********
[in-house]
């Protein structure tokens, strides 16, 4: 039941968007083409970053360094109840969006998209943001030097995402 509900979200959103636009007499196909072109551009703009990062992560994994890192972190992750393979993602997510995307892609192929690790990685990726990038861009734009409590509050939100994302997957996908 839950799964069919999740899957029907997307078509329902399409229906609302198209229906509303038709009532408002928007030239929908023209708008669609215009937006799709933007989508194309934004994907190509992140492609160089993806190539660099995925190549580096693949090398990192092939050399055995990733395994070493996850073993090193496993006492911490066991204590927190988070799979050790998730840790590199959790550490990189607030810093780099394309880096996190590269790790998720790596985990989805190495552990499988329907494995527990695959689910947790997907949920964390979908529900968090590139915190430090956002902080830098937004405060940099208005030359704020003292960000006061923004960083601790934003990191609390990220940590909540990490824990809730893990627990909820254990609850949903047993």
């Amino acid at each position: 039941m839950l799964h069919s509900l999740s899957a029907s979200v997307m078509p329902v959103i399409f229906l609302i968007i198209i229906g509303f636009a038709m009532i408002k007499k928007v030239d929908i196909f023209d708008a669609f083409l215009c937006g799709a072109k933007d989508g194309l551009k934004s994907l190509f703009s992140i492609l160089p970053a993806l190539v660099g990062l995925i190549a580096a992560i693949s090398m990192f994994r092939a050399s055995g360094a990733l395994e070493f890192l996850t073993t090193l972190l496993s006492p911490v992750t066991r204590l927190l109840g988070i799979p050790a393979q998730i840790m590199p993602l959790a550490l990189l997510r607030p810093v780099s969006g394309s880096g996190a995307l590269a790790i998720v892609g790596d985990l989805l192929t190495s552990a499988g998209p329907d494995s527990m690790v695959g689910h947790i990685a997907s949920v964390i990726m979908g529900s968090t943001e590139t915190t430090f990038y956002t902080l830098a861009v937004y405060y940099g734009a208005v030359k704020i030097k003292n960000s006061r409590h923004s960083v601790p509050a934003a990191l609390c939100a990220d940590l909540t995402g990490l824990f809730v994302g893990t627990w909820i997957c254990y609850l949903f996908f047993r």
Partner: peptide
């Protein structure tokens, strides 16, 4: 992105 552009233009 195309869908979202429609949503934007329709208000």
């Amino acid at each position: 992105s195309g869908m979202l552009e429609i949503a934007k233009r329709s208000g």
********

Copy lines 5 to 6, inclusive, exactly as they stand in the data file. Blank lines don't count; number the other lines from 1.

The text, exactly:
């Protein structure tokens, strides 16, 4: 992105 552009233009 195309869908979202429609949503934007329709208000």
């Amino acid at each position: 992105s195309g869908m979202l552009e429609i949503a934007k233009r329709s208000g």